Christianity believes in resurrection, not reincarnation. Today, Easter Sunday, is the great celebration of the doctrine of resurrection, because it remembers Jesus Christ’s rising from the dead. Jesus was a man unjustly killed by the ancient Romans, his dead body laid in a tomb carved out of the limestone formations outside of Jerusalem. He was truly dead, stone cold dead and buried. But on the third day, Sunday morning, he came back from the dead. He appeared in his resurrection body. He was not reincarnated into a different body. It was the same one. He showed the scars of his crucifixion wounds as signs of identity to his incredulous disciples. He was risen from the dead.

The Hindus have no such hope. We also visited the crematorium area of Kathmandu, perhaps the most terrifyingly depressing place I have ever been in my life. Here the bodies of beloved dead are burned with great ceremony and pomp, and the ashes are spread on the waters of a river. The soul is released to begin its uncertain journey of reincarnation. There is the possibility that the future will not be better, but worse if the soul comes back in a lower caste. We witnessed an extremely low caste man who was tasked with trying to salvage scraps of usable wood for burning from the fires of cremation. Imagine the degradation here: heating a home with charred wood scraps that had been used to burn a human body.

Resurrection offers hope. This life is not the end, nor is it the greatest good. We have been given hope through the resurrection of Jesus Christ that transcends our current troubles and pains. We look forward to the time when we will join him in glory. This is more than speculation or legend. We have the confirmation of resurrection through the raising of Jesus from the dead. The son who was dead is now alive, and he lives forevermore!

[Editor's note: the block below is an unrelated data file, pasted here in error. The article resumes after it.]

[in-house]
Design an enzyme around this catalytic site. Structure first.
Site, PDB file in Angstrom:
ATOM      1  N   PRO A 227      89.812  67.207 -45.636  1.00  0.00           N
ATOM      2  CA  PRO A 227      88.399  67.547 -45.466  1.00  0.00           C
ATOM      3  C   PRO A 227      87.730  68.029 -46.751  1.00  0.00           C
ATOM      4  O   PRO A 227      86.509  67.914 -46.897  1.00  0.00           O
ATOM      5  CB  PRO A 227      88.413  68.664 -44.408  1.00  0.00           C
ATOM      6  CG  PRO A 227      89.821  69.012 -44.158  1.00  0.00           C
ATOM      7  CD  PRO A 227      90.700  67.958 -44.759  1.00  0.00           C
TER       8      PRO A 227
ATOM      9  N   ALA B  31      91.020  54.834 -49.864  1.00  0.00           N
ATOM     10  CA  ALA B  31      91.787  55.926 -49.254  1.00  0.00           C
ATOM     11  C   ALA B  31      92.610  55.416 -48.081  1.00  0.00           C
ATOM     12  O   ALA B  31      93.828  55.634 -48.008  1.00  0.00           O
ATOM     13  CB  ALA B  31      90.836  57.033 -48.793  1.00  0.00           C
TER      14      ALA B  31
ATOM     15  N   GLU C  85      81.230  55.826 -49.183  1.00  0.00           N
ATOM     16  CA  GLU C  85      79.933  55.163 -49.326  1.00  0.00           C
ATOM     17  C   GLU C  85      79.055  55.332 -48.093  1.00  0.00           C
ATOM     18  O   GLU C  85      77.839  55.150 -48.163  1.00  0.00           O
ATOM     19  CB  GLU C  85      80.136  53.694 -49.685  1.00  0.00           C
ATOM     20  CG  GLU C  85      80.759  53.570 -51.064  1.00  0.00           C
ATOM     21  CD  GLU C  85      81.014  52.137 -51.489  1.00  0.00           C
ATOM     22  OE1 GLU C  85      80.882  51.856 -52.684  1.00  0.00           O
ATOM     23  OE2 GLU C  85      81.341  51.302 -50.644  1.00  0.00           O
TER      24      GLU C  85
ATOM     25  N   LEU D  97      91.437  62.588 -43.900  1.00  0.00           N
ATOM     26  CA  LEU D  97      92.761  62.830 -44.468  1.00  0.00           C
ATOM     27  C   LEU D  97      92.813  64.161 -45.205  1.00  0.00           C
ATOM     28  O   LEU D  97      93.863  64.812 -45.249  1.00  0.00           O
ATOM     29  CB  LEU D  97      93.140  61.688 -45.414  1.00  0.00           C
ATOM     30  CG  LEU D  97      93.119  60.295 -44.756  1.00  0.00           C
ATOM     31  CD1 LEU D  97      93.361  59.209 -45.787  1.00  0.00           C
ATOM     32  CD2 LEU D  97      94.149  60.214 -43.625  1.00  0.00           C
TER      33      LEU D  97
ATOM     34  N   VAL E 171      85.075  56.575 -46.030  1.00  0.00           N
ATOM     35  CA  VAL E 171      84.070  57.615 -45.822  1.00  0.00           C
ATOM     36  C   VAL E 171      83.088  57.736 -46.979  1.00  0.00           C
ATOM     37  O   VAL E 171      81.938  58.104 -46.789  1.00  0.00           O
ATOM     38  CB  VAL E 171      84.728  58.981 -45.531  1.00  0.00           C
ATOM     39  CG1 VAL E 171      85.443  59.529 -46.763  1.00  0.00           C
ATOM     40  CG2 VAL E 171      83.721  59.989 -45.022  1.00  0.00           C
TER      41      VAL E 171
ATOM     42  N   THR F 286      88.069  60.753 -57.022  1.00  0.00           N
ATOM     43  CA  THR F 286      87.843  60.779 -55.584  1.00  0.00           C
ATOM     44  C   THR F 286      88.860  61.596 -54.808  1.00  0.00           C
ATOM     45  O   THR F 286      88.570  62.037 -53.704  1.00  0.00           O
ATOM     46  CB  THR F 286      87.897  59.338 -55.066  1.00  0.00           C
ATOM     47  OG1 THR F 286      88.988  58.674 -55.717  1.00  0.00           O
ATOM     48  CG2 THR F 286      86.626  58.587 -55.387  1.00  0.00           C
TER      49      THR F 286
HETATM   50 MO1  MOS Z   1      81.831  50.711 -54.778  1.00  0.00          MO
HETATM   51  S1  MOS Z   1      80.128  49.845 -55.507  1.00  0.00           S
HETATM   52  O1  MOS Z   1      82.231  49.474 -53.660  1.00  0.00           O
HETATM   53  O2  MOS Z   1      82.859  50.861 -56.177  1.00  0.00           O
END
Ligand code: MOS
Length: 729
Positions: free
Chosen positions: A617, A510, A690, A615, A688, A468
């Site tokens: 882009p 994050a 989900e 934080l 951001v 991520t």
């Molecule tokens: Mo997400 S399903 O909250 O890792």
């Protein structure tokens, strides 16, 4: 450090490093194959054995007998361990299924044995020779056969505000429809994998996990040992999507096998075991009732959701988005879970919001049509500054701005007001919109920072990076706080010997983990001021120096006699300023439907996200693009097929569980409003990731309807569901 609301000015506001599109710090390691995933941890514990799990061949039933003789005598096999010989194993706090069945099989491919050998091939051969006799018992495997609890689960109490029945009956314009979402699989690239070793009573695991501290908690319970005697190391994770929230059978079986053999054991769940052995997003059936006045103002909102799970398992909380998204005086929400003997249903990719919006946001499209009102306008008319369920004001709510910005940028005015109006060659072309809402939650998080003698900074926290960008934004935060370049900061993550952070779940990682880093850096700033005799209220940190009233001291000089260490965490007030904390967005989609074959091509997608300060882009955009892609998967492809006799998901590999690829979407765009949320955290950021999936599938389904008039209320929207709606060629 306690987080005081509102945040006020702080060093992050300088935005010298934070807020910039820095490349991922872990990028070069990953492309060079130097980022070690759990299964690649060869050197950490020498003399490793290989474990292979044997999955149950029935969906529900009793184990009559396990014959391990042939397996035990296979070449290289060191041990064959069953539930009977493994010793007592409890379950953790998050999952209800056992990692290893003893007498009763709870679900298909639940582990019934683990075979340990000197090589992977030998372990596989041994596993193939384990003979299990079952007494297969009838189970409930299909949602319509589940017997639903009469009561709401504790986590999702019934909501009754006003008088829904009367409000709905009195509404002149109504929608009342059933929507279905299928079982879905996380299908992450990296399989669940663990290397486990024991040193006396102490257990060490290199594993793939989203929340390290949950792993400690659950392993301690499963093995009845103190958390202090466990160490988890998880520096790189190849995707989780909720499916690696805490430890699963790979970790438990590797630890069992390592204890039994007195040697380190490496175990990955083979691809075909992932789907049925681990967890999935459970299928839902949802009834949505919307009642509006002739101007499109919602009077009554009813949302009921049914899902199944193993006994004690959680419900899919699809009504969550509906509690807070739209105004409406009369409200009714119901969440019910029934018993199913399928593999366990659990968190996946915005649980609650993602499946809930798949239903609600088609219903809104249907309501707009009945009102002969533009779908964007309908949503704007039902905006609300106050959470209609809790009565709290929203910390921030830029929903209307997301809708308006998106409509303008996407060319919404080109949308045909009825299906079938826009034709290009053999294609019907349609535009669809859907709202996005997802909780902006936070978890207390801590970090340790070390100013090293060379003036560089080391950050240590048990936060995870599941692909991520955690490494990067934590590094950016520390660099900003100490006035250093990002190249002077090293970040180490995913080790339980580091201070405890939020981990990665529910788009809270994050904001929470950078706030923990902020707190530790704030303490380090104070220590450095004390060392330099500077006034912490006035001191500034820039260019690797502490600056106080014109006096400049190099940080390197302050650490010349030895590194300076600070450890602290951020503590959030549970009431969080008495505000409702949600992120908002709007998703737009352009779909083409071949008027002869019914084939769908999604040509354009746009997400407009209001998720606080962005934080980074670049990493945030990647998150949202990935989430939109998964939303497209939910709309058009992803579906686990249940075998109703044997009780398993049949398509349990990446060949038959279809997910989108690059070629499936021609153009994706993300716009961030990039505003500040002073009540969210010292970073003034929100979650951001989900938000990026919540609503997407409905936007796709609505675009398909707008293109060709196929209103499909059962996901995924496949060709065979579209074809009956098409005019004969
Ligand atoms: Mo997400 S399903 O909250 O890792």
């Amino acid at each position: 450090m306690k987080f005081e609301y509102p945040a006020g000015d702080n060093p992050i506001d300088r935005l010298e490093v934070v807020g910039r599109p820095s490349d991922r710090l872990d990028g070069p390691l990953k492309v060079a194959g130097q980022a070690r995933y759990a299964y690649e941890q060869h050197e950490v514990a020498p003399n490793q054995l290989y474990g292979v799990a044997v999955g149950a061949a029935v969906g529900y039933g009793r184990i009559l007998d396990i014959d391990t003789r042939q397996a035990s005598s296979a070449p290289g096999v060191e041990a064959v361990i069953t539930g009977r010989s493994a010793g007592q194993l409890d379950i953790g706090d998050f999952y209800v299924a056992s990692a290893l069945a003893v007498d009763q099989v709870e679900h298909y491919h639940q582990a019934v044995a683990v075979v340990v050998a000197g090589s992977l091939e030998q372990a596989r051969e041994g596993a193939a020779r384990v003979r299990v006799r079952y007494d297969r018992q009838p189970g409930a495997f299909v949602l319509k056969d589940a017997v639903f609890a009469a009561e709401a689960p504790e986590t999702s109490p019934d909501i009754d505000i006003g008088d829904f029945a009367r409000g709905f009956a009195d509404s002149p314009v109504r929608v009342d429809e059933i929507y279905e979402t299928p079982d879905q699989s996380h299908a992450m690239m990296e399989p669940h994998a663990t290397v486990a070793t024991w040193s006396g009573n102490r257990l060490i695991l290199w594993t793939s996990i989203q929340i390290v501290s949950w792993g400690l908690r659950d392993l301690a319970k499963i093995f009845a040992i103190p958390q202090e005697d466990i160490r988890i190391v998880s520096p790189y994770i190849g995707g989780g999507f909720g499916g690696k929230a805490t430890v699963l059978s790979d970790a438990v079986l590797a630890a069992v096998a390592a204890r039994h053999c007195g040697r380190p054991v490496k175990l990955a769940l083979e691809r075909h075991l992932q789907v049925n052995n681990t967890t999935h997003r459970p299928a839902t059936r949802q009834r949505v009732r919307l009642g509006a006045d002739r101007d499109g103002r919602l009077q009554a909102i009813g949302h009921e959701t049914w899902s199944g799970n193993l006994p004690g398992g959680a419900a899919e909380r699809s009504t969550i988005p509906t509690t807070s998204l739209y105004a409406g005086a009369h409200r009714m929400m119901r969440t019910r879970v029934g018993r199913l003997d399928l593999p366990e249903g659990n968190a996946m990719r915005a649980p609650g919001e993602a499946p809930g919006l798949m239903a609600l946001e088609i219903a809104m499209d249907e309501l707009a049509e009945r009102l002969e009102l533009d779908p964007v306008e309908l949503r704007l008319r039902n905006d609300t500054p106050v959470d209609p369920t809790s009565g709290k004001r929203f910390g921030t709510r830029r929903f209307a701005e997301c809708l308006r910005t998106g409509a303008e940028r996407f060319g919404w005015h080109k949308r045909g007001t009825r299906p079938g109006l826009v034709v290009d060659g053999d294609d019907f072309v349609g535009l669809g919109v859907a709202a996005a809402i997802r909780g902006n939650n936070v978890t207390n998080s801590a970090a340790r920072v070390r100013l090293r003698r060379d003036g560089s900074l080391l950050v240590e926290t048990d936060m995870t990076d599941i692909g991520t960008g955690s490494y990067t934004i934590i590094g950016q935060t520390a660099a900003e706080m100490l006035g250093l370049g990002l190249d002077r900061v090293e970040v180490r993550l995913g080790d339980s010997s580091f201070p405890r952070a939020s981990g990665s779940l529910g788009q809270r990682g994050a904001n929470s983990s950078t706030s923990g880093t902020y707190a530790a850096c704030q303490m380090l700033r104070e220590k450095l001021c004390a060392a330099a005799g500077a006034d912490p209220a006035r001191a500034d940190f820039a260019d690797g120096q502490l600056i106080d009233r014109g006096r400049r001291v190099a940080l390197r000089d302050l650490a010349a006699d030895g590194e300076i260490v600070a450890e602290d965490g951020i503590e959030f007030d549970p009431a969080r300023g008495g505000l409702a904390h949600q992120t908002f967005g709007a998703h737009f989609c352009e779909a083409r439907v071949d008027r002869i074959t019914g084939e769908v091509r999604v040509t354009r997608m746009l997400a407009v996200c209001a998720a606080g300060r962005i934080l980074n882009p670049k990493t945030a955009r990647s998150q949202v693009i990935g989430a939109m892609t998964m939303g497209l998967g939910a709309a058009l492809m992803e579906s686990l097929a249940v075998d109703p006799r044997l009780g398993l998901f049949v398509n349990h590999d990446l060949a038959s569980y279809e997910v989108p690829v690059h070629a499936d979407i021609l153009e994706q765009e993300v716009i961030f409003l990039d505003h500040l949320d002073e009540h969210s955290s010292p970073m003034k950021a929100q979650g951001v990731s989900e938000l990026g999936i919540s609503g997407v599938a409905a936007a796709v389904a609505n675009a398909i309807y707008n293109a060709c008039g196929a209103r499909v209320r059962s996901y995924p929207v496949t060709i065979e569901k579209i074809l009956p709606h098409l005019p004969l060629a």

He is Risen! He is Risen! He is Risen Indeed!

Mark Krause
Nebraska Christian College

Christians in Nepal

baby elephant

baby elephant

Writing from Kathmandu after a week of ministry in Nepal. This is an amazing place. That there is a Christian witness here at all is a sign of God’s grace and power.

I remember the words of an old Larry Norman song that said:

There are Christians in Russia, they meet underground
In China they’re killed when they’re found.
And in Cuba the Christians live up in the hills
Because its not safe in the town.

This reflected the Cold War reality of anti-Christian Communist governments. There was a political agenda to eradicate any trace of the church, which was seen as a threat to the dream of establishing a classless society and a connection to decadent, fascist Western society and its values. At the core, one of the problems was the Christian teaching that each man or woman was a precious child of God and had inherent value. This is the basis of Western democratic ideals, the one person one vote system. In totalitarian Communism, no one person could be greater than the state and the inevitable progress to a classless society.

Nepal lived through several versions of this, often seen as a piece on the global chessboard by the great nations. The strong Maoist (Communist) party and the ancient Hindu culture leave little room for Christianity and its message of hope and love.

Yesterday we attended a large Nepali church and were blessed that it had in-ear translation devices available so we could understand what was being said. Before the sermon, the platform person asked all who “did not know Jesus” to exit, and, if they chose, to speak with persons outside who would tell them about Jesus. I thought it was a curious move. Maybe twenty people out of the 600 there left. Why did they do this. It is a little unclear, but it had something to do with Nepali laws against proselytizing. You cannot do active evangelism here, only passive. You must create situations where others want to come and talk to you about your Christian faith. We, as foreigners, certainly could not do street evangelism or conduct a Billy Graham style crusade. We would either be arrested or asked to leave the country immediately.